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Publisher's Weekly
Children's Literature
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Horn Book

Publisher's Weekly (Aug. 1998)

     While staying true to her penchant for presenting strong female protagonists, Newbery winner McKinley strikes a softer note with this deeply romantic yet ultimately clear-eyed love story set in the fantasy kingdom of Damar.  Maddy has always known who she is and exactly what she wants--to tend her flock of sheep; to marry her childhood friend, Donal' and to earn enough money to build her own farm close beside the "Hills [that] were her flesh and bone."But after she meets and falls in love with a Stone Fey, Maddy finds herself drifting further and further away from the people and things she truly cares for.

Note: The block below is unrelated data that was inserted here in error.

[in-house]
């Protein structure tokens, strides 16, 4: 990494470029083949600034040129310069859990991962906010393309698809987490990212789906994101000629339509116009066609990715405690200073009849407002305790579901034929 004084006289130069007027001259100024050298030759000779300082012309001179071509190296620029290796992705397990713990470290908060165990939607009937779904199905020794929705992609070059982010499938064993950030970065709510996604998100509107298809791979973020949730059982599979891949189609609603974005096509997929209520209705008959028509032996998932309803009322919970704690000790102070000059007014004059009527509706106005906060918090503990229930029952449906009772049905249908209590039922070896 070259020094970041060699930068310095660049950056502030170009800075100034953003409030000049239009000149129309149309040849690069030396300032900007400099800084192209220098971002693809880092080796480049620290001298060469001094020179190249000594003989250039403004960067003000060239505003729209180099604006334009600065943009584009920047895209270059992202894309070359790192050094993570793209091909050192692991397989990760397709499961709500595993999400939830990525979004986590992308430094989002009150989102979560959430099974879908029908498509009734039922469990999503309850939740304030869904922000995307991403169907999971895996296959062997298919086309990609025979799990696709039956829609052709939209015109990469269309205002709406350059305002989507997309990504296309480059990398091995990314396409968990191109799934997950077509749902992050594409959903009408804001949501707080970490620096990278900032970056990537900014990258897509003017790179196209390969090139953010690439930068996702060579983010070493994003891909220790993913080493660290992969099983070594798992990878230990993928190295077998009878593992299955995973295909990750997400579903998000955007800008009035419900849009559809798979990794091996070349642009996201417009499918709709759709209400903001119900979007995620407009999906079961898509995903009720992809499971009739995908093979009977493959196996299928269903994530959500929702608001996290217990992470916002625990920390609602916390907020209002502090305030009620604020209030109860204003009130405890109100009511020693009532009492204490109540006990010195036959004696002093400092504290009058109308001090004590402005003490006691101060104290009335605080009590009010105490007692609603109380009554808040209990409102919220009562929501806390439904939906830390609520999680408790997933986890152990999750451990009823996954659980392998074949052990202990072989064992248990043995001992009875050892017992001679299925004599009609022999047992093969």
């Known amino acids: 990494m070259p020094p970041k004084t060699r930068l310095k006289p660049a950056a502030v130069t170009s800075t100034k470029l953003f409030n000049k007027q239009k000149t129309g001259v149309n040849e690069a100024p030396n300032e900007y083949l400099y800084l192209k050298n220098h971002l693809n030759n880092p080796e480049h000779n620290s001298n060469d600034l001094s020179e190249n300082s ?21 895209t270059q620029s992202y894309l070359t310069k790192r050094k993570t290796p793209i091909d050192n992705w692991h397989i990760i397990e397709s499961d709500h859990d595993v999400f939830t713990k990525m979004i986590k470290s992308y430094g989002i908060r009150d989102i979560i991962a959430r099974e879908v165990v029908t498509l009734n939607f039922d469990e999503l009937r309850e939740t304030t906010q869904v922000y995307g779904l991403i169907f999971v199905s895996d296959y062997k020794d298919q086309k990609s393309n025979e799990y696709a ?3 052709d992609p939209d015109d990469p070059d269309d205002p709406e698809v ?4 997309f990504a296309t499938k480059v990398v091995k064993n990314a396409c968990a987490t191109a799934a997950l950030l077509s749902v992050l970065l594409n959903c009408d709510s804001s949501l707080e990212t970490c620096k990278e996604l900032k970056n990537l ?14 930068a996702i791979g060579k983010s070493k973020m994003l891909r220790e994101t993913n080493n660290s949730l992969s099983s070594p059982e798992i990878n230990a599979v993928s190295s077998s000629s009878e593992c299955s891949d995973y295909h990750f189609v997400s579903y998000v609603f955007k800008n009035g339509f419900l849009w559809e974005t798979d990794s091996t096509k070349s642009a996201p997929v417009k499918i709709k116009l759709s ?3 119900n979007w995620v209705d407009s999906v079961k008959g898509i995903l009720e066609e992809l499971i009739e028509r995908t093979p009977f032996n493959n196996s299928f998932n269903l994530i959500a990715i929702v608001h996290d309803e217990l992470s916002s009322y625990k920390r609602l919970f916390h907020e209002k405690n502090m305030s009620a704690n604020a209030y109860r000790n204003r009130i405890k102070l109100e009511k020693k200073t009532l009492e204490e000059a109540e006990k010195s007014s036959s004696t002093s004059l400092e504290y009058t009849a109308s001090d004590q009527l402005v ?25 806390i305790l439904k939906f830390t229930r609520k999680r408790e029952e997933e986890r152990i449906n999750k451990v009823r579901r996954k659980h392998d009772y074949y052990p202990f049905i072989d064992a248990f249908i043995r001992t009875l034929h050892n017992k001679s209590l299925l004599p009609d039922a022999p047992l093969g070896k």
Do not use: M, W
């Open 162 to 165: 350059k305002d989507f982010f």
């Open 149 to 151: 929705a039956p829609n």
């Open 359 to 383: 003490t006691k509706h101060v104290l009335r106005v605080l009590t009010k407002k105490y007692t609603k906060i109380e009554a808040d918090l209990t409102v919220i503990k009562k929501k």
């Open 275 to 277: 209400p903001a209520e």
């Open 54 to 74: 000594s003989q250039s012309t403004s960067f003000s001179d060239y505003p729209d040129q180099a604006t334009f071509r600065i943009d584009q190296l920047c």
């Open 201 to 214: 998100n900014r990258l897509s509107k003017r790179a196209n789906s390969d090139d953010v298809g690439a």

Only when she accepts the fact that the Fey is unable to return her love (or to feel anything at all) is she free to rediscover her sense of self.
  Newcomer Clapp's incidental illustrations, dreamy watercolor and graphite paintings reminiscent of the work of Barry Moser, heighten the quiet drama of McKinley's prose.  The best of his landscapes evoke the serene stillness of McKinley's writing; one portrait of Maddy, with it's masterful play of light and shadow, particularly showcases his craft, as it glows with the power of burgeoning love. McKinley's sophisticated syntax, as well as the text's subtle concern with female sexuality, make the novella most appropriate for teens who can appreciate its empowering feminist message.  The superb storytelling, however, will likely hold the rapt attention of readers whatever their politics or gender.  Ages 10-up.

Booklist ( November 1, 1998 )